Why does that matter? Before coming under Ray’s ministry, I was hesitant to enjoy the things of this earth. I couldn’t deny my love for baseball, for Tom Petty, for coffee, for summer evenings outside. But I wasn’t sure I should like them.
Then one Sunday, Ray preached a Thanksgiving sermon that changed it all for me. God gives good gifts. CCR is proof. Enjoy what God gives. Thank him for it. To not to is a sin.
Some People Go on Vacation and Don’t Take Their Bible
Ray loves the Bible more than anyone I know. He doesn’t just read it. He investigates it. He gets inside it. Cut him open, and he bleeds it.
My wife and I packed a sack lunch and sat for six hours in a stuffy upstairs room in an old church building for Immanuel’s new member’s class. Ray explained why Immanuel existed, what Immanuel believed, etc. All the things you’d expect from a membership class.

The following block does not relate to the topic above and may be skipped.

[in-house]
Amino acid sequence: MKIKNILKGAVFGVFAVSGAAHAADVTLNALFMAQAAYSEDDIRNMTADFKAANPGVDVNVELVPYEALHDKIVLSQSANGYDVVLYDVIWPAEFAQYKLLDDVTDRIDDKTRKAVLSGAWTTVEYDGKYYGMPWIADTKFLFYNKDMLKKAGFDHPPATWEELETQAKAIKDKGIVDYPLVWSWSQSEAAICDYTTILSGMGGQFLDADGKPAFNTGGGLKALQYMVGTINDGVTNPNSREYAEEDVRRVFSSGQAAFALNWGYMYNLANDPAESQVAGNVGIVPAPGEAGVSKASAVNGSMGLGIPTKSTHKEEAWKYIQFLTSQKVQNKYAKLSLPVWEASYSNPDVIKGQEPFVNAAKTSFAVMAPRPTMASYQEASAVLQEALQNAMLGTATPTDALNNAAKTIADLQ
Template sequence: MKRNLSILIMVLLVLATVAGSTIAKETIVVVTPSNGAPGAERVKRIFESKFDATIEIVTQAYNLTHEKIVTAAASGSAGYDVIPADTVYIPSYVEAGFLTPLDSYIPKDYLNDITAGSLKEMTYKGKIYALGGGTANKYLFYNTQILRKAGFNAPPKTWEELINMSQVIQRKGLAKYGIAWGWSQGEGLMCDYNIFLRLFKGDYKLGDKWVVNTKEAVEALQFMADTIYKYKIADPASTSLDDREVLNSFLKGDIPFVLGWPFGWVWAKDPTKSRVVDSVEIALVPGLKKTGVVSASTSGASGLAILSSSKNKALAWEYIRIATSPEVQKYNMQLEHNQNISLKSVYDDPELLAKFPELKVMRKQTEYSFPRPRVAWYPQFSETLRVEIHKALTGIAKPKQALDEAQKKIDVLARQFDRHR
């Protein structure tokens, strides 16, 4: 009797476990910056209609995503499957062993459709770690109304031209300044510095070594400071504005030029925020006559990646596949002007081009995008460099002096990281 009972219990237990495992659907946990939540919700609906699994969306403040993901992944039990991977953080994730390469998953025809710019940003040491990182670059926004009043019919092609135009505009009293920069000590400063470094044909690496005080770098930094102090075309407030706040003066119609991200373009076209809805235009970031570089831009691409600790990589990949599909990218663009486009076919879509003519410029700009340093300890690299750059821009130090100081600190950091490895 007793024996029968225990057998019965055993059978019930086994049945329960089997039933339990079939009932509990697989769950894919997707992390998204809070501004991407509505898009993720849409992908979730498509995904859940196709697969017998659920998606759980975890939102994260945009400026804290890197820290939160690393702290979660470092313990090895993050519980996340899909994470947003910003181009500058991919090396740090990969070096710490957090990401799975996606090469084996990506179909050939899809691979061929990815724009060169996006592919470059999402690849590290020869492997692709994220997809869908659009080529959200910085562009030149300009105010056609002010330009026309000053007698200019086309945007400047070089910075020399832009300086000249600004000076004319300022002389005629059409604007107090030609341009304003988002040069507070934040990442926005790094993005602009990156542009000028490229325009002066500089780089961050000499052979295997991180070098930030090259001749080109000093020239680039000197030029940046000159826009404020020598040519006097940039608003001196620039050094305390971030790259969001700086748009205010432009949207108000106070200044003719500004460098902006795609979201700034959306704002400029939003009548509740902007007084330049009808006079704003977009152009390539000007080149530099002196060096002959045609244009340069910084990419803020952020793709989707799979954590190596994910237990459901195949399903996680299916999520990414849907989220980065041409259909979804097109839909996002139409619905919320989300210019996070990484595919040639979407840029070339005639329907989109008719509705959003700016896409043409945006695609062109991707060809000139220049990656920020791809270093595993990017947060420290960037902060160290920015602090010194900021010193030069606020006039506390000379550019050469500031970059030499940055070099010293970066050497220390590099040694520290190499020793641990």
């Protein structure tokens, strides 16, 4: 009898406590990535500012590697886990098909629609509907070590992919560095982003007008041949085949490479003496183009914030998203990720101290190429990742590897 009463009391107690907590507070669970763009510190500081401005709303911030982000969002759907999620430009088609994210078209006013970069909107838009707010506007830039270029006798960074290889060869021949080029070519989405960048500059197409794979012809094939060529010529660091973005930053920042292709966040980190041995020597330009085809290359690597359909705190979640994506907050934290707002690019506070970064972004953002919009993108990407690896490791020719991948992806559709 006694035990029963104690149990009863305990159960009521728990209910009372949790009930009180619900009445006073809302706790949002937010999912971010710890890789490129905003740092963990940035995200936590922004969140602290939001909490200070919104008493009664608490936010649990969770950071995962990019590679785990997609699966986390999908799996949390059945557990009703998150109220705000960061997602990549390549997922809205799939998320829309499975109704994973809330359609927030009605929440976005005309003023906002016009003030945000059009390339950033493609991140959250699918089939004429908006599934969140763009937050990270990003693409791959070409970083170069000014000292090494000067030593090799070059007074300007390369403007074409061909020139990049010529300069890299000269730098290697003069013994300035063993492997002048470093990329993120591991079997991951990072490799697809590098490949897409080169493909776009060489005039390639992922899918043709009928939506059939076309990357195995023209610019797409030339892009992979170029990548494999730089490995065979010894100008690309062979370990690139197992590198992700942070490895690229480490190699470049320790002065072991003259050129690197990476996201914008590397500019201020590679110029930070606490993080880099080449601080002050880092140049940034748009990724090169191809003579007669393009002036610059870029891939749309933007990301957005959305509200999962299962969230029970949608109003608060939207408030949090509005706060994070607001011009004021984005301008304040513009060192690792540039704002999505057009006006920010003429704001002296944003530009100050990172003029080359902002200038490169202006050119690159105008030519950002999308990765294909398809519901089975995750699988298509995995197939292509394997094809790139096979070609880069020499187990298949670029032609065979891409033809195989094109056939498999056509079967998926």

Then he said something I’d never heard before. I don’t even remember what section we were in, but Ray was talking about rest. He explained that a Christian rests not from his work but for his work. Rest is God’s way of restoration, not retreat. Then he said, “Some people go on vacation and don’t take their Bible.” Up to that point, I’d never once taken my Bible on vacation. It never occurred to me to do so. But to Ray, rest and the Bible go hand in hand. The Bible, to Ray, is rest, because Jesus, to Ray, is rest. He is for us all, if we’ll have him.
Come to Me, All Who Are Weary
Immanuel’s call to worship, when given by Ray, is a holy experience. Ray taught me that God doesn’t despise me. He loves me. He did this simply, by telling me, from the Bible, of the dying love of Jesus. Click the link above to hear it for yourself.